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Speech by Ms. Amakobe Sande at Symposium on the 5th Anniversary of President Xi Jinping’s Announcement of Establishing CIKD

Honourable Ma Jiantang,

Hourable Mr. Wang Anshun, 

Your Excellencies, 

Respected Partners

Distinguished Ladies and Gentlemen


 As China enters the final quarter of this milestone year, the year in which it will achieve its long-standing goal of comprehensively realizing the “Xiaokang Society” vision first laid out by Deng Xiaoping 40 years ago, this is a highly appropriate time to think deeply and creatively about the purposes and approaches of international exchanges on China’s remarkable development achievements. On behalf of the UN, thank you for honoring me with an invitation to share some thoughts on this topic and along with others, let me extend hearty congratulations to CIKD on this 5th anniversary and for it’s important work. 


This new era that China is entering is also a new era for global development, one shaped by the 2030 Agenda and its 17 Sustainable Development Goals (and in the throes of deep reflection as we commemorate the UN@75). The severe impact of COVID-19 has led to monumental setbacks, but it is our shared responsibility through global solidarity, to ensure that we not only build back, but that we “build back better”.  After all, China’s success story has confirmed that no ambitious long-term development agenda can succeed, if it cannot overcome the inevitable ups and downs of the global economy. As China (like the rest of the world) focuses on realizing the core SDG concept of “leaving no one behind”, and ensuring that recovery from the pandemic is inclusive,  exchanges of China’s experience can make an important contribution to the global effort to return to the path of SDG achievement.  And here are few specific aspects of China’s experience that I believe are relevant particularly to other developing countries:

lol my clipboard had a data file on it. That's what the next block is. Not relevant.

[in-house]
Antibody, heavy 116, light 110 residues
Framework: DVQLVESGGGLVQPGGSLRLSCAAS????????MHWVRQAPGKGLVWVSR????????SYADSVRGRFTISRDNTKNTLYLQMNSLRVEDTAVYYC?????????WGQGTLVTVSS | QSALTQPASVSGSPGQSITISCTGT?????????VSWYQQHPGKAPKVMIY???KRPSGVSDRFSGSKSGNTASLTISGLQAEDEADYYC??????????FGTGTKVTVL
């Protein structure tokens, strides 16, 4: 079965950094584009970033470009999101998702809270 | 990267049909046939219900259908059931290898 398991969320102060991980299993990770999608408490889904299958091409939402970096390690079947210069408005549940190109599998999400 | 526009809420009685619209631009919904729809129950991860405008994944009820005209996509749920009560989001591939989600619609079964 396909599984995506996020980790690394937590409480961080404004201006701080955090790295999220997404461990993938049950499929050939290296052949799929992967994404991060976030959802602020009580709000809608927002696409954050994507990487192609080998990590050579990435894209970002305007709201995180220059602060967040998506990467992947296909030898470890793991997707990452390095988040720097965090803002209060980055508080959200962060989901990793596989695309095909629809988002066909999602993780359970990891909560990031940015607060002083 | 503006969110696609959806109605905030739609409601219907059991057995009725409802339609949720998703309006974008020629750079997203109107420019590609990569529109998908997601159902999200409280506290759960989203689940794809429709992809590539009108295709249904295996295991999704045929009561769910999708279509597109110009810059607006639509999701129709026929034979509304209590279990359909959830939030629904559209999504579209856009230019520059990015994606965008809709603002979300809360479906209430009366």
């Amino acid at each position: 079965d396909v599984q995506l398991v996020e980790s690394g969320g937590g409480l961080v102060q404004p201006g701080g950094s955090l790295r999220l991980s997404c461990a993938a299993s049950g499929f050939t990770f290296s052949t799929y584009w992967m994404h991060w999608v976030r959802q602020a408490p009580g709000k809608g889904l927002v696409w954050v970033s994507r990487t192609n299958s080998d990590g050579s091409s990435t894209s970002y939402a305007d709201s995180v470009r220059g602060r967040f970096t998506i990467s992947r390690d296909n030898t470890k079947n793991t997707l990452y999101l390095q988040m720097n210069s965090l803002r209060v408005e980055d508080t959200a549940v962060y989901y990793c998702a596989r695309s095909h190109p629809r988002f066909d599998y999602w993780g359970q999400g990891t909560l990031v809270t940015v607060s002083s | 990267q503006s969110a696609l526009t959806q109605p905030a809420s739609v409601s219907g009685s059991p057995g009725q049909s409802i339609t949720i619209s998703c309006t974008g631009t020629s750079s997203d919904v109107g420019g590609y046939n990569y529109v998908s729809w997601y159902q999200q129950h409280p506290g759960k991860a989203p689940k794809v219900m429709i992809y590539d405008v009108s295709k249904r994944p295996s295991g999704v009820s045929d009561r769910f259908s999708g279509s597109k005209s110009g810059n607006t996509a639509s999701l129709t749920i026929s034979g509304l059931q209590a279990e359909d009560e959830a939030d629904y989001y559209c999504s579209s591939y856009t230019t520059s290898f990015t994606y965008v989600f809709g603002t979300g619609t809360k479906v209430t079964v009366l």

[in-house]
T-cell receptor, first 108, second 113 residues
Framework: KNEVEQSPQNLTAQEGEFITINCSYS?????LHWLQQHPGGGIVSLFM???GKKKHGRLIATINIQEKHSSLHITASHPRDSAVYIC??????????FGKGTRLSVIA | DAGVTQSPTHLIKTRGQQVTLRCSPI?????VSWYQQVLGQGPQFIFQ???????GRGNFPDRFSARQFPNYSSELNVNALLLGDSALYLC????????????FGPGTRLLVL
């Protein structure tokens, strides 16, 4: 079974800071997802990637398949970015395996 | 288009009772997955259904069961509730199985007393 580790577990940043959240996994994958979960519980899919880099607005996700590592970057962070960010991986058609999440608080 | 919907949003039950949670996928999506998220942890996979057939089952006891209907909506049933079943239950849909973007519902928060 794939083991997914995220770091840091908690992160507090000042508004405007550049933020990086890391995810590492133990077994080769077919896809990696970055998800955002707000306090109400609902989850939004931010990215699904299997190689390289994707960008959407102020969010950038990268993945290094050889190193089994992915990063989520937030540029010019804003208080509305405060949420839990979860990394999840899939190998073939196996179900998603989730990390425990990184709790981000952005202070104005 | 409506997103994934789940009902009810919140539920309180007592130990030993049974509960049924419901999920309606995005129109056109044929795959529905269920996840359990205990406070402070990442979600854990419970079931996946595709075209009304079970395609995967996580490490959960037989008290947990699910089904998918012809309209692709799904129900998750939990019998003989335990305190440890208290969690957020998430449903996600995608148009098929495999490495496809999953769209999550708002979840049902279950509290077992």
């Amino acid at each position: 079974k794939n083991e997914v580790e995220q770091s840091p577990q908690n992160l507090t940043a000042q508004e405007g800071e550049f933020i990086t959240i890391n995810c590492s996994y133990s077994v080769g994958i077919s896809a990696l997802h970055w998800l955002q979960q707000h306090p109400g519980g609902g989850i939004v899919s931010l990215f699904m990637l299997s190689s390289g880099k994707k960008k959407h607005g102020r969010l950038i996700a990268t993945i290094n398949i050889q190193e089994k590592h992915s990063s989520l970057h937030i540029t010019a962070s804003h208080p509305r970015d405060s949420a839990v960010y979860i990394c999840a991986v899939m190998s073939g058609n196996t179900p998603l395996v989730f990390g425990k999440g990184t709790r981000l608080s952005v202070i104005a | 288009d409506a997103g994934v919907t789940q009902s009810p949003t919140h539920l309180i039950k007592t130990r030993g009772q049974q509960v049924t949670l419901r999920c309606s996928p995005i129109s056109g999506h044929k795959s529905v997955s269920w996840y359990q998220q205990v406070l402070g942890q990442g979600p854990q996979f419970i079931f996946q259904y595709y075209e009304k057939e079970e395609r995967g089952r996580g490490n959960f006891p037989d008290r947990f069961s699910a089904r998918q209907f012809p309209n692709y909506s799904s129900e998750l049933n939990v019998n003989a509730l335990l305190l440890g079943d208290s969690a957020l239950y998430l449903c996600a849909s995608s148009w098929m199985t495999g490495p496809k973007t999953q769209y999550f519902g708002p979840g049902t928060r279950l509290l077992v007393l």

The first of China’s most important messages is that each country must find its own development path, shaped by its own national conditions and with full national ownership.

 

Second, China’s progress over the last 40 years, as well as its tremendous recent efforts in overcoming COVID-19 this year, have demonstrated clearly the important role that strong local governments can play when they are well integrated into the national strategic vision. This is one area in which many developing countries could learn a great deal from China, as in too many cases national policies are difficult if not impossible to implement once one moves away from the capital. In China’s fight against COVID-19, coordination, consistency and sustained efforts across the full network of government administrations have played an essential role.   

 

Third, China’s 40 years of reform have been a continuous experiment in adjusting the balance between plan and market, one in which the country has demonstrated a remarkable degree of pragmatism in policy-making. many countries to stifle initiative and creativity, and lead to failure and suffering as well. Perhaps China’s lesson to developing countries could be seen as the recognition that the balance between plan and market is one of the variables of economic and social management.


Fourth, even as we sit in this extremely impressive new modern district let us not forget that China’s greatest successes resulted from a focus on inclusive rural development and agricultural modernization, including major investments in rural infrastructure undertaken in conjunction with investments in human development - in health, education and other basic services. China’ development story is on one hand about a multi-dimensional approachand on the other about one size not fitting all with differentiated approaches AND investments at the local levels that are in line with the distinct comparative advantages of those localities, thereby securing strong local  buy in and ownership.


Now allow me conclude with this (and it has already been highlighted)  that no concept is more important in China’s current policy vision than innovation, which cuts across all other goals and which is also an essential element of the 2030 Agenda.  The old approaches will not produce the outcomes we are striving for in a fast changing world. The COVID-19 pandemic has already led to a wave of innovations in China and around the globe in how we communicate and cooperate, and, dear friends and colleagues, let us discuss today how these innovations can be incorporated into global sharing of development experience.

 

Thank you again for this opportunity, and my best wishes for a very successful conference. 

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